My Kind of Country

Country music from a fan's point of view since 2008

Album Review: Toby Keith – ‘Shockin’ Y’all’

61Jj7XLa1lLAlthough Shocking’ Y’all is widely considered an in-your-face follow-up to Unleashed, it is decidedly less aggressive than its predecessor. The by-now trademark Keith humor and bravado are there, but the album itself is one of his more disjointed efforts.

The album produced three #1 singles, beginning with “I Love This Bar”, a simple, catchy and non-controversial ode to Toby’s favorite watering hole, and ending with the relatively tame “Whiskey Girl”. In between was “American Soldier” which was derided by many critics and those against the Iraq war. It admittedly sounds like a public service announcement for the US Army, but in truth it is simply an expresssion of appreciation for our armed forces, before songs in this vein became a cliche. I have no reason to doubt its sincerity and now that there is some distance from the politics of the time, I hope that those who dismissed it may give it another chance.

The rest of the album is hit or miss. “If I Was Jesus” puts an interesting spin on some of the Bible’s better known moments, but the protagonist’s comparison of himself to the Son of God made me a bit uncomfortable. “Time For Me To Ride” and “Sweet” are over-the-top bombastic messes that have nothing to do with country music. “Don’t Leave, I Think I Love You” is quite good but sonically similar to “Who’s Your Daddy?”, which may be why the label passed on it as a single. I also enjoyed “Nights I Can’t Remember, Friends I Can’t Forget”. “The Critic”, Toby’s swipe at music critics, is an interesting creative stretch that makes the case that critics are mean-spirited, frustrated musicians trying to get some attention by tearing down big name stars. It’s meant to be humorous, but ultimately it doesn’t quite work. It has a “King of the Road” type beat, and in the hands of a Roger Miller, the results might have been quite different, but Toby Keith is no Roger Miller.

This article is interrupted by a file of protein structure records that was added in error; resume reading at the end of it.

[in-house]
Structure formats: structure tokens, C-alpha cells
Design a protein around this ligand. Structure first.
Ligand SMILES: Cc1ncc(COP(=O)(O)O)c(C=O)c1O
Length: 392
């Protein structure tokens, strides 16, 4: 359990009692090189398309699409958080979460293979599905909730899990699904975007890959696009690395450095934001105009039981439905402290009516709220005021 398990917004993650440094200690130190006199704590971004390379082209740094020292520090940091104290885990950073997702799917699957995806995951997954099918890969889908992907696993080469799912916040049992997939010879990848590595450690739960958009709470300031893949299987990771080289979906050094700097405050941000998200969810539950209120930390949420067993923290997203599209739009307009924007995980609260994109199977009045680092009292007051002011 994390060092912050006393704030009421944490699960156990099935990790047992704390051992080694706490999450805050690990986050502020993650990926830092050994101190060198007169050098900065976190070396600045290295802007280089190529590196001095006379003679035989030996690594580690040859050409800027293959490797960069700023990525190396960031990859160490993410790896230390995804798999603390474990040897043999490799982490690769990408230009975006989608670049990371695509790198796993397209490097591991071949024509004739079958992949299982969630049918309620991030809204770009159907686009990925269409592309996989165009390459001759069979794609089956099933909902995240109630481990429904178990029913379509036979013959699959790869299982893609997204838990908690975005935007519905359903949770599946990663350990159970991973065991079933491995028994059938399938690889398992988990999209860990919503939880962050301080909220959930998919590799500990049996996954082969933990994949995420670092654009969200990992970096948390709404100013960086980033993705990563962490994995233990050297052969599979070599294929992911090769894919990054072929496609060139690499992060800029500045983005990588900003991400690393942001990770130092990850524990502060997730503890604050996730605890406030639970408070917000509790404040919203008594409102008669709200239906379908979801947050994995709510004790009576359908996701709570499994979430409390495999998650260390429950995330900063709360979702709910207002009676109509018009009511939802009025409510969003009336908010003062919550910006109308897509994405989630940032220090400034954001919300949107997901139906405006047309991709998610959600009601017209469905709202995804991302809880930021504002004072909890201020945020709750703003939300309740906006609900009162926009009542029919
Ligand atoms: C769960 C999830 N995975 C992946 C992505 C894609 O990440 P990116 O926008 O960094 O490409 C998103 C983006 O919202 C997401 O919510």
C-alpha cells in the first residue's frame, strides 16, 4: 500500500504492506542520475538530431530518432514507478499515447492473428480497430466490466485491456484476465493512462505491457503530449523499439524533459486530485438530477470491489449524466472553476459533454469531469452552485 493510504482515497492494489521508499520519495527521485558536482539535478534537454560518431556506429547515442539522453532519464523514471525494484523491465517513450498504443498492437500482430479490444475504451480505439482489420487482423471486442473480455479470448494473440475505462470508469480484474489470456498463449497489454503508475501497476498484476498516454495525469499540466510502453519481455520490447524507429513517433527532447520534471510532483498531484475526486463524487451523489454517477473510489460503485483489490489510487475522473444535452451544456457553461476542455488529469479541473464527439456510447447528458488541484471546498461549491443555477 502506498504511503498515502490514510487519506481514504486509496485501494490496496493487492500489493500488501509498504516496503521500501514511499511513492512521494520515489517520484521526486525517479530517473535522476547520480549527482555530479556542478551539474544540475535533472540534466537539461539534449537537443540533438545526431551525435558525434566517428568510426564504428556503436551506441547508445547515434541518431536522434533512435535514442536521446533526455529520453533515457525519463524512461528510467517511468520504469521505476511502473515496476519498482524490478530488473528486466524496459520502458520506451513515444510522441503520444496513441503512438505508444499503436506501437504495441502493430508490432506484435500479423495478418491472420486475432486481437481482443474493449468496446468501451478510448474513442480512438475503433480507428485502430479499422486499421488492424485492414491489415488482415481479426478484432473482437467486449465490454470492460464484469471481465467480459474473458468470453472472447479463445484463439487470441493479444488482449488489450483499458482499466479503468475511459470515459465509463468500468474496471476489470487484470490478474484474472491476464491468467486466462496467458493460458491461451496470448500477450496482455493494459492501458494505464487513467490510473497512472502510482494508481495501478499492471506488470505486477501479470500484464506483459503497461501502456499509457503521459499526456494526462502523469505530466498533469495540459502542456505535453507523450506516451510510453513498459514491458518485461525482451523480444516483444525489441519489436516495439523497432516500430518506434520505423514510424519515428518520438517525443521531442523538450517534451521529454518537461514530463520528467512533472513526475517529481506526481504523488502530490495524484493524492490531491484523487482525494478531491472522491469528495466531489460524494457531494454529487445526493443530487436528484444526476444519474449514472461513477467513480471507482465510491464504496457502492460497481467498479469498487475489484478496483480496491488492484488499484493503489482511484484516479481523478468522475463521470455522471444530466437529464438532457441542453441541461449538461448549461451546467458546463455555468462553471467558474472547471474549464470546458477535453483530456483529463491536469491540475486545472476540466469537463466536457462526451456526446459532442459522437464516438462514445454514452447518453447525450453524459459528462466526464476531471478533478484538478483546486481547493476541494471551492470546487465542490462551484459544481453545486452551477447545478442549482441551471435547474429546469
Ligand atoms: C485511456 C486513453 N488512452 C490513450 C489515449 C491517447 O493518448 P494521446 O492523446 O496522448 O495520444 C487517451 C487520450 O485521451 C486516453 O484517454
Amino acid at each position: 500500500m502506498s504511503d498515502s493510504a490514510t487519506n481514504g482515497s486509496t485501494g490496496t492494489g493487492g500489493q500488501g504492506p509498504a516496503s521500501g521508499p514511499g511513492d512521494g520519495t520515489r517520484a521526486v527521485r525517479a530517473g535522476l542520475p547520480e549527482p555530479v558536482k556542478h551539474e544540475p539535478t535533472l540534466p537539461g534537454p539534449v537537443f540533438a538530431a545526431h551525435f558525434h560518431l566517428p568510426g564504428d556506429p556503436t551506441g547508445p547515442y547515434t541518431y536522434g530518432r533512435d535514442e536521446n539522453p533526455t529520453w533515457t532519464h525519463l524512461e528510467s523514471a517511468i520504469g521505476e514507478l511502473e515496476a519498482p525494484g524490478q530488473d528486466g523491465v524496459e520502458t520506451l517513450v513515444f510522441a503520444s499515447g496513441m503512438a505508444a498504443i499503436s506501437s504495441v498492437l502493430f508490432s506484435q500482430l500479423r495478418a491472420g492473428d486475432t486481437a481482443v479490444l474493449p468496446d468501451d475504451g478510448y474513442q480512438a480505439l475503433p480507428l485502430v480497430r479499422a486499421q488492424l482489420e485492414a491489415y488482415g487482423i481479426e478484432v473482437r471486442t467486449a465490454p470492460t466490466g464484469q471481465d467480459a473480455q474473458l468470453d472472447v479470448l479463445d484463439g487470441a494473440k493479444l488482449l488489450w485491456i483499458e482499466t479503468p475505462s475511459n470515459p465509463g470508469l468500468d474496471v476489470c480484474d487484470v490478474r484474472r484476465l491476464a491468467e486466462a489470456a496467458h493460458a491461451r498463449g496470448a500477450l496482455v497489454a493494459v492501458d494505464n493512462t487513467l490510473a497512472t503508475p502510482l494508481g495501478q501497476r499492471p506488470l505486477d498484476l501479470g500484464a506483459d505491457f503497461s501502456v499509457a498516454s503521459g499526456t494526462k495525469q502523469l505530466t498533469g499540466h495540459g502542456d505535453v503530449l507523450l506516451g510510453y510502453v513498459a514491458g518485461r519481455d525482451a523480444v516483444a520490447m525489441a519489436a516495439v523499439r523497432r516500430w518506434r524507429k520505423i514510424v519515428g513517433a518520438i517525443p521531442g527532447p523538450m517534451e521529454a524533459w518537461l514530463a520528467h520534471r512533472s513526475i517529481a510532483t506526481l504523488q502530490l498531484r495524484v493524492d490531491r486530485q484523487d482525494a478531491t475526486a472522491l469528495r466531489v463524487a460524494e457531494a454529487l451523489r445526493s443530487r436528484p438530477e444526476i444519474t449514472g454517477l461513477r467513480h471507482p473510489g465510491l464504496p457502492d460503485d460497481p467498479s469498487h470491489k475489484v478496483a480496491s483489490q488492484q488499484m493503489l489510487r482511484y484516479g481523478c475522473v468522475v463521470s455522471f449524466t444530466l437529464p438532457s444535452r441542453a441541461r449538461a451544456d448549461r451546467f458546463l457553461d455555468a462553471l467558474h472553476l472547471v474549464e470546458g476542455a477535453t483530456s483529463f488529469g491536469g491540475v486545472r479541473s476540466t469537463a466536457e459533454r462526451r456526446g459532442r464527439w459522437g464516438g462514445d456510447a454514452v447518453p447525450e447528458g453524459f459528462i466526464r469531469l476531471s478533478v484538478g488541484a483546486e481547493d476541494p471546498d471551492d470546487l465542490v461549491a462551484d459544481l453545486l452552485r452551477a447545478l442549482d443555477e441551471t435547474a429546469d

The album concludes with two stripped-down live-in-concert tracks, performed with Scotty Emerick, who co-wrote most of the album’s songs with Toby. Both are tongue-in-cheek, although there are definite political undertones in “The Taliban Song”, a number that the PC crowd would undoubtedly label as culturally insensitive. “Weed With Willie”, supposedly inspired by the songwriting sessions that produced “Beer For My Horses”, is a humorous reference to the Red Headed Stranger’s well-documented love for a certain herb.

Shockin’ Y’all is one of those albums that I’m tempted to recommend that folks just download a few selected tracks, but on balance the good songs outweigh the bad, so it probably makes sense to buy it in its entirety, though I’d definitely recommend skipping “Time For Me To Ride” and “Sweet”.

Grade: B

Advertisements

Leave a Reply

Fill in your details below or click an icon to log in:

WordPress.com Logo

You are commenting using your WordPress.com account. Log Out /  Change )

Google+ photo

You are commenting using your Google+ account. Log Out /  Change )

Twitter picture

You are commenting using your Twitter account. Log Out /  Change )

Facebook photo

You are commenting using your Facebook account. Log Out /  Change )

Connecting to %s

%d bloggers like this: